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Understanding carbon calories could be the key to reducing our footprint

We now have the data and technology to track our carbon usage. Companies such as Carbon Calories are using this information to spur individuals to combat climate change.

If you’ve ever gone on a diet or paid attention to your daily calorie intake, you’ll no doubt have studied the labels of countless food products to help get a better understanding of what you’re eating. It’s become an expected practice of modern living and was first introduced to the public over 25 years ago when nutritional labelling became mandatory.

The impact this has had on our individual behaviours suggests that informative labels are a good way to get the public to evaluate how they could improve their habits on a day-to-day basis. This is partly why a newly announced carbon footprint label for all food items at US restaurant Just Salad has been receiving notable buzz this week, and why emerging technology that could automatically track all of our carbon emissions is being discussed at length by publications such as The Economist. Harnessing data to inform citizens of their personal carbon usage could be huge for our efforts to tackle climate change, and is becoming increasingly desirable by Gen Z consumers who want better clarity over how their actions are harming the planet.

It’s also a window of opportunity for start-ups and businesses that offer precise information on personal carbon usage, such as Carbon Calories and Enfuce . There’s an appetite for tracking carbon in much the same way as monitoring calories, and it may be the ideal way to get the everyday consumer on board with making small changes to minimise their environmental impact.

What are carbon labels?

Just Salad’s carbon label announcement is actually the first of its kind, at least for restaurant chains in the US. All meals will have their carbon footprint clearly displayed on its menu by September 21st this year and will be calculated by combining all of the greenhouse gas emissions associated with each ingredient.

To work out these emission numbers, the entire carbon lifecycle of a food is taken into account. This includes every agricultural detail of its production such as fertilizer use, manure, land conversion, livestock digestion, transportation, food packaging, and final processing. If you didn’t already know, meat tends to have a far, far higher carbon footprint than vegan food when calculated this way, and is one of the main contributors to climate change. Beef mince, for example, produces twenty times more carbon than Quorn mince per kg, which is insane.

Carbon labels are a great way to quickly inform consumers of how their eating habits affect the climate and would likely help the everyday person fully understand how bad red meat is for the planet. We’d have a clear cut way to compare vegan food with traditional dairy and meat products which, in turn, could encourage more people to make the inevitable switch.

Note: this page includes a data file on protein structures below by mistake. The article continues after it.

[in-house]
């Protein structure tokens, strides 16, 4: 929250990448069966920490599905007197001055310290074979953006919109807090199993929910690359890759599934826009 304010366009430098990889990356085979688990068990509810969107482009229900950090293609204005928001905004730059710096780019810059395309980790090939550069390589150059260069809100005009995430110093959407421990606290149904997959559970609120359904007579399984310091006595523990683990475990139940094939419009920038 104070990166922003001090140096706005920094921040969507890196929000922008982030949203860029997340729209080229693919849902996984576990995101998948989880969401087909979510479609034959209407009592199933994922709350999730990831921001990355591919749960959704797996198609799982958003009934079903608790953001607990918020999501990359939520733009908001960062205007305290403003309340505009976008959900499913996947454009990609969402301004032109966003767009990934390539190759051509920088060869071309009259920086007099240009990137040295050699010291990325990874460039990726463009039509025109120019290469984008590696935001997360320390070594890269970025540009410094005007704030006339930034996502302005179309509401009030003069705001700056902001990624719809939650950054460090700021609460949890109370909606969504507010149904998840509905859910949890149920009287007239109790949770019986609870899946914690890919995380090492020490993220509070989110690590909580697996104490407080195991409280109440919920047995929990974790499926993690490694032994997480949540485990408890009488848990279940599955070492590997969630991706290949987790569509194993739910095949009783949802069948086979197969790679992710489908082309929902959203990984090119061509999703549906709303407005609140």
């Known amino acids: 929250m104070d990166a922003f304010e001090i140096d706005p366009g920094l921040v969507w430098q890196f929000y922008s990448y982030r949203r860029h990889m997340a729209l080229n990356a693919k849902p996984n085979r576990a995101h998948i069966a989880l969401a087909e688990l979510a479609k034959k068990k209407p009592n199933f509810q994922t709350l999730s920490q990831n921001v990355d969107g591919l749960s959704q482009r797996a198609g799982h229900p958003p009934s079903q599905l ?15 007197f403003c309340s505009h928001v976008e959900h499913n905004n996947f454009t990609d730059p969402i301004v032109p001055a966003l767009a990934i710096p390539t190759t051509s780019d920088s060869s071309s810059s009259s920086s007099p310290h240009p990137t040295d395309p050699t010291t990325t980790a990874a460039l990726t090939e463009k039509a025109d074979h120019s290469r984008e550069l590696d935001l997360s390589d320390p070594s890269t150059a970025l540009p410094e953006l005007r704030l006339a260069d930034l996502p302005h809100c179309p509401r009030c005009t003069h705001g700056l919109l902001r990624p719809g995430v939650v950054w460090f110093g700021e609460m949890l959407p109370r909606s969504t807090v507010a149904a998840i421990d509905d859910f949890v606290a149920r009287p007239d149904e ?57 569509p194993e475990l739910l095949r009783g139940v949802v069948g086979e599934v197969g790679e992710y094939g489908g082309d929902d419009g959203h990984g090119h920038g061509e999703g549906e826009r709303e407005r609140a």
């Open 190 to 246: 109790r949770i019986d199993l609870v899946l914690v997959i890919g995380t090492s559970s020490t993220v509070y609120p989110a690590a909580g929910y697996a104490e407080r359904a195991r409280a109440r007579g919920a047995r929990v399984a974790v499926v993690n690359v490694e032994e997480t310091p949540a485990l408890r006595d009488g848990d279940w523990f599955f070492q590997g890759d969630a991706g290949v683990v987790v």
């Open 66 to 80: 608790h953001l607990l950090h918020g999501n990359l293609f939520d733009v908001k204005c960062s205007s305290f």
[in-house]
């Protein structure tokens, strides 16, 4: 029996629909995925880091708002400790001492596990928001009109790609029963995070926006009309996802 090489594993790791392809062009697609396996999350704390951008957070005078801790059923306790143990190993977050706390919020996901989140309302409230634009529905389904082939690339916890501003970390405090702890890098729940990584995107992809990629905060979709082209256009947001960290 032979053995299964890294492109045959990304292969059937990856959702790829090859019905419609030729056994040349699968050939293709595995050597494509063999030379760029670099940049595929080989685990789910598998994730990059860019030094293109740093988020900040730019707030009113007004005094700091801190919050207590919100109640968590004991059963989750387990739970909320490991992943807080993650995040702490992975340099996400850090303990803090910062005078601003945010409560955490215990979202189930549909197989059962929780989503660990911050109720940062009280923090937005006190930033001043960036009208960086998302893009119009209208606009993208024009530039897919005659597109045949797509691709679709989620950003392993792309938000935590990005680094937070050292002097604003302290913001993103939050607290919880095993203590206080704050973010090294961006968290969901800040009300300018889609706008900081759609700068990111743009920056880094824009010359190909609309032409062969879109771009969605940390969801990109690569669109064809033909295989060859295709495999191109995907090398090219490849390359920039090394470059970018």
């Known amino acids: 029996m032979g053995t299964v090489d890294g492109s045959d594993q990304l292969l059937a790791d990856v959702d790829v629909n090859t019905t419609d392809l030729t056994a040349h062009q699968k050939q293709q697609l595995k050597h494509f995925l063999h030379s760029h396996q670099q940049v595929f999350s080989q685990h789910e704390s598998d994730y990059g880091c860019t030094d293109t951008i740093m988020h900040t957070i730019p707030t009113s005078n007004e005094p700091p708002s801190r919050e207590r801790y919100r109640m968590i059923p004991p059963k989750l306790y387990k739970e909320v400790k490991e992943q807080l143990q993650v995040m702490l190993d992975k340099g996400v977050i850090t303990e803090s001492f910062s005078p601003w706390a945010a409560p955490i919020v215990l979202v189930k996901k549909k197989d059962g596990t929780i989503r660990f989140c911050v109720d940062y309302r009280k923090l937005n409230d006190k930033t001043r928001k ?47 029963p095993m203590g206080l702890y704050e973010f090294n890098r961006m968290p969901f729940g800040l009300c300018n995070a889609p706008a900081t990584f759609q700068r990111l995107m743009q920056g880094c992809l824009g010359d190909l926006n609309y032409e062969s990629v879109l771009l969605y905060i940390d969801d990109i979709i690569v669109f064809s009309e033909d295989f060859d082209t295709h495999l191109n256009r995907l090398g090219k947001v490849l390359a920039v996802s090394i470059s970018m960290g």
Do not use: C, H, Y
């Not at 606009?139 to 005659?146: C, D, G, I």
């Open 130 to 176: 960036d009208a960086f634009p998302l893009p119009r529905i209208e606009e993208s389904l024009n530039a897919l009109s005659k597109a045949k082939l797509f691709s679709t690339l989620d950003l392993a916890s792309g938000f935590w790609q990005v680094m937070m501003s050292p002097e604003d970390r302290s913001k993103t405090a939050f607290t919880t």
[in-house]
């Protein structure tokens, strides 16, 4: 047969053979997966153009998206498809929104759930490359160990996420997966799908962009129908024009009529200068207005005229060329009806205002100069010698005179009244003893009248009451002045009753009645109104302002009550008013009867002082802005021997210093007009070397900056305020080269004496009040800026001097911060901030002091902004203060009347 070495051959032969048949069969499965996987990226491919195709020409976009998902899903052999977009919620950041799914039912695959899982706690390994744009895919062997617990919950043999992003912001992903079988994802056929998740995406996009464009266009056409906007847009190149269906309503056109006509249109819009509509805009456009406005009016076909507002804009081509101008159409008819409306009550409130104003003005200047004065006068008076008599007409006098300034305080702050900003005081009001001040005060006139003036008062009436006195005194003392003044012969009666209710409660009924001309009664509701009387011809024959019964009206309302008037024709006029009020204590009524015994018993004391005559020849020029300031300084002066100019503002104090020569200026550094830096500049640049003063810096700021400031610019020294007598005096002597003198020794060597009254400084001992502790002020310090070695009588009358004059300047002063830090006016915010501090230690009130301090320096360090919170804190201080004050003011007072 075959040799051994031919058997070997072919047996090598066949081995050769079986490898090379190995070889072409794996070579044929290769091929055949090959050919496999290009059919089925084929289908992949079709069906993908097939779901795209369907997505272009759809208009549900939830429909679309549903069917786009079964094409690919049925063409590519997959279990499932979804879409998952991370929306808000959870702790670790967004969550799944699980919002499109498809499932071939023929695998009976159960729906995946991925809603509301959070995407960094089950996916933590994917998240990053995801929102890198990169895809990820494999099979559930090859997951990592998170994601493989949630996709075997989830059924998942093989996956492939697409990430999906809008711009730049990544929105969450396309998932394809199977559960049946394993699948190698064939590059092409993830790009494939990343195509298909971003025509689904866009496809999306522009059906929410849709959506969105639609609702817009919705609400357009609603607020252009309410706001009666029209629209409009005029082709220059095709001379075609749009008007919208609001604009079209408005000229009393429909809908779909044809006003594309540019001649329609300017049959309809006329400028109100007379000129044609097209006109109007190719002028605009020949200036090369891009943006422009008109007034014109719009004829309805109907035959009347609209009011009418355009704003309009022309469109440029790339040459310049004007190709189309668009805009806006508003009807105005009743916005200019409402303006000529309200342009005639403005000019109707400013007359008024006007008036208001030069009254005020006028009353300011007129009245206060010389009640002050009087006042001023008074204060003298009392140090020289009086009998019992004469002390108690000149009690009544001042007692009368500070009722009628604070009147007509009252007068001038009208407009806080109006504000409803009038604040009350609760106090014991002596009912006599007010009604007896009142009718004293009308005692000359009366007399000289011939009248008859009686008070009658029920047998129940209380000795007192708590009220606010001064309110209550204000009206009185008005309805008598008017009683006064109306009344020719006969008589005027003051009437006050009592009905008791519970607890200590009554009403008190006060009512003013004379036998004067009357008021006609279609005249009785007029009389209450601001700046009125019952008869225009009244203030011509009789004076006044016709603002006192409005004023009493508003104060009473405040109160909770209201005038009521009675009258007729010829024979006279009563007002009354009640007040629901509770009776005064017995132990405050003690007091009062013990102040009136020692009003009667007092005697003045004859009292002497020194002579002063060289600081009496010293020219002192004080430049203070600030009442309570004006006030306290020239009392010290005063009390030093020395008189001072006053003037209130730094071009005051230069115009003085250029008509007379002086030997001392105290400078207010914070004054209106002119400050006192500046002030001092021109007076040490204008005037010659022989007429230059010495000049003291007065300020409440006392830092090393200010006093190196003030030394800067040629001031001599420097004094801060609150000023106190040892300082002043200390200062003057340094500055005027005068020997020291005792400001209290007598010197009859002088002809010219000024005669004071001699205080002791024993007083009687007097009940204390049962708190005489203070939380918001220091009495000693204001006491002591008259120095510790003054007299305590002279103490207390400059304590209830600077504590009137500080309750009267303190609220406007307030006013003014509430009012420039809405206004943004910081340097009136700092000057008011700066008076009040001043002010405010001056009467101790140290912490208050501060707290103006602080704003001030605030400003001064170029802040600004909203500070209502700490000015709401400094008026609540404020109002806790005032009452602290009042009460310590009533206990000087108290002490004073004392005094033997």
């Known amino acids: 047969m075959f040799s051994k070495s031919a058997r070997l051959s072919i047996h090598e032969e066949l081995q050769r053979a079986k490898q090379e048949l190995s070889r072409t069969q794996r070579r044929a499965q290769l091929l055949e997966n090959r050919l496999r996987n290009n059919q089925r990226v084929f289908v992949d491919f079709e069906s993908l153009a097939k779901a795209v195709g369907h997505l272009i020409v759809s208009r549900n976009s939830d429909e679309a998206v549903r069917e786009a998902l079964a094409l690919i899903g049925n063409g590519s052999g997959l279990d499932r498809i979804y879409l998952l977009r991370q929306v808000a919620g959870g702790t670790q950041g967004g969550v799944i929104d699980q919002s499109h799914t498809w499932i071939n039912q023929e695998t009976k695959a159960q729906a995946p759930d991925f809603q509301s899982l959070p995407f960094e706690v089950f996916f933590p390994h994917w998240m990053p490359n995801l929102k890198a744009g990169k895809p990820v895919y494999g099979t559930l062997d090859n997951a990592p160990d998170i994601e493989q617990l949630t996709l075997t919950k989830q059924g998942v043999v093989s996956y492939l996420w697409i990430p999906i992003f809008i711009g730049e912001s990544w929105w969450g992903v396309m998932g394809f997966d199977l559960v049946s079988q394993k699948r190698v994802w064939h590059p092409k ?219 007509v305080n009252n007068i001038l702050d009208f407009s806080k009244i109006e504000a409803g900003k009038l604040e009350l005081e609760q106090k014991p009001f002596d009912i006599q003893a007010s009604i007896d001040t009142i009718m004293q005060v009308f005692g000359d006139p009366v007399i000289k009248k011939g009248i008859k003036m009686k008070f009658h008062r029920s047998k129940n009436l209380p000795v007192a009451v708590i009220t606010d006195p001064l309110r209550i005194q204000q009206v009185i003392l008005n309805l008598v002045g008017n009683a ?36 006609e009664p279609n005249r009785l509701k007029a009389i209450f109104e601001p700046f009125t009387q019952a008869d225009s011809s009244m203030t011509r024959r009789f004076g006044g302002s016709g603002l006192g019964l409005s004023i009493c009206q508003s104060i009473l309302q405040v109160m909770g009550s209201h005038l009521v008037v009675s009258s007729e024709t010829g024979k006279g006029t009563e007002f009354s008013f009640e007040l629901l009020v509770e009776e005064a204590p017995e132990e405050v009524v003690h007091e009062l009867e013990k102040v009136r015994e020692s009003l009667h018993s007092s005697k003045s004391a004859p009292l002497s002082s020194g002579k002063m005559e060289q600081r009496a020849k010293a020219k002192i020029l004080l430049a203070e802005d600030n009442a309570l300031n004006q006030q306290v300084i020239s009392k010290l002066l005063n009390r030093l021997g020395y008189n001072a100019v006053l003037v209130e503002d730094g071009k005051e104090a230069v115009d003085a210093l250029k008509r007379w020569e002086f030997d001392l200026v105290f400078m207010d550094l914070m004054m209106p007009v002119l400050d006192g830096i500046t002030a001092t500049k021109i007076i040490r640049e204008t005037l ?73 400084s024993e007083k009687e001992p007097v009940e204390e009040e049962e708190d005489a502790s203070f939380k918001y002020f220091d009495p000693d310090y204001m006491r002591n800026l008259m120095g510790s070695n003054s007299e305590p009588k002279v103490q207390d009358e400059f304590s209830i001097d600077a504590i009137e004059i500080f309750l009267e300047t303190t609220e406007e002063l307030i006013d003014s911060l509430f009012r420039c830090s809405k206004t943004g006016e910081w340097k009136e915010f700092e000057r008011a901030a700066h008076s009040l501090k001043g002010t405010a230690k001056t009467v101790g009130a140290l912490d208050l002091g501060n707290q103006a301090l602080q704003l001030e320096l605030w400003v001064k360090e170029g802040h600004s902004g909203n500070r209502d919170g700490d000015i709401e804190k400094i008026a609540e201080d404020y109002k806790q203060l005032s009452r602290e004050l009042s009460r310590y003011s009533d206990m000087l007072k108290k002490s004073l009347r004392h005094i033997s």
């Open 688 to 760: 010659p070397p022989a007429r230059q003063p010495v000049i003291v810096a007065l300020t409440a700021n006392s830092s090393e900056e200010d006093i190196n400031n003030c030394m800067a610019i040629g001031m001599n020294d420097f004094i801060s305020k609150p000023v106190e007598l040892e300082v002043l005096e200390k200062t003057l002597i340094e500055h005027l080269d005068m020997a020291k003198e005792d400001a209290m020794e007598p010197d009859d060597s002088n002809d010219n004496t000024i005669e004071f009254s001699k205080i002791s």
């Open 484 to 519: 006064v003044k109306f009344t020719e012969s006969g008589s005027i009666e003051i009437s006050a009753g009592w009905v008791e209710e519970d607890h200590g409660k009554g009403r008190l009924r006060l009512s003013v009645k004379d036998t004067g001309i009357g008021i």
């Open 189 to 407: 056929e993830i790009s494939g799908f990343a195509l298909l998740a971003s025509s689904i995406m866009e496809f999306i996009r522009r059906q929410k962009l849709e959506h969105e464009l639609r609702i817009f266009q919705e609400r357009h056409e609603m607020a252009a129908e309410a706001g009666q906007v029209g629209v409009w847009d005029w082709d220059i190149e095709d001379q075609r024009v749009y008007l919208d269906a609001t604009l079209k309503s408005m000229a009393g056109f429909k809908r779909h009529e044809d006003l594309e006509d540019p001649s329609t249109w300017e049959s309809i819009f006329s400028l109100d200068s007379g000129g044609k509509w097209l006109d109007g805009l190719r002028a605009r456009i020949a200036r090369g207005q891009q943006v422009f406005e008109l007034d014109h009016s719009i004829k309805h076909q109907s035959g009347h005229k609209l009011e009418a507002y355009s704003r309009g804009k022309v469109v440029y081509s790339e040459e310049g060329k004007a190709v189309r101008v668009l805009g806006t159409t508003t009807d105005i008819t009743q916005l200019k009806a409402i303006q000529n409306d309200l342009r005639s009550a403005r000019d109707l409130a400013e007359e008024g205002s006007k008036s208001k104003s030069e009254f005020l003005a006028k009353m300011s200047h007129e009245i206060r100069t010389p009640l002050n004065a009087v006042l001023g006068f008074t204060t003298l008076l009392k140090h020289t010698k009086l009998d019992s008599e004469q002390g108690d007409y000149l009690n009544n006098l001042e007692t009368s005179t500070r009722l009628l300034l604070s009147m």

Why are businesses optimistic that this will lead to individual change?

The behavioural changes resulting from nutrition labels in the nineties are evidence to suggest that they do work in helping individuals to rethink basic habits.

It’s hoped that by making carbon information clear and obvious it’ll have a similar effect on how we perceive greenhouse gases in relation to food. For many of us, the relationship between meals on our plates and the carbon dioxide levels in our atmosphere is distant and fragmented, and you’d be hard pressed to find many people at all who know exactly how their diets affect climate change.

A 2018 study in the Nature Climate Change journal found that the majority of consumers underestimate the impact agriculture has on our climate, but would be willing to change if they were more informed. One Belgian study from 2014 also found that using labels with environmental information on them helped to improve the carbon footprint of consumer diets by around 5%.

What’s more, it seems that the public are fairly supportive of carbon labels being widely introduced to food products, with one study stating that over 50% of consumers are prepared to change how they eat to lower their carbon footprint. Introducing carbon labels would simply help more of us to understand exactly what’s going on with our food and would make it far easier for us to change our diets in ways we’re already willing to do.

How could we see this technology and innovation used in the future?

Although big restaurant chains have yet to embrace carbon labels on a wide scale, it isn’t out of the question to expect an industry shift in the next few years. Demand for transparency over carbon is increasing significantly and companies such as Unilever have begun to use new labels with environmental information on tens of thousands of products. In addition, Quorn began labelling its products with carbon information in June of this year, and milk brand Oatly has been doing the same in Europe since 2018.

In terms of technology services, we’re likely to see start-ups like Carbon Calories grow substantially as interest in greenhouse emissions and food increases. These services allow easy comparisons of carbon usage between similar products and brands, a concept that could become a necessity in coming decades.

We’ll have to see if carbon labels truly take off and become as common place as nutritional labels. Some suppliers of certain products may be hesitant to comply with new rules, especially producers of meats such as lamb and beef, and if carbon labels do significantly alter consumer behaviour it may face push back from the dairy and meat industry. The reality though is that we’ll be forced to shift our diets away from meat in the coming decades anyway, and carbon calories may be the key we need to get a public majority on board.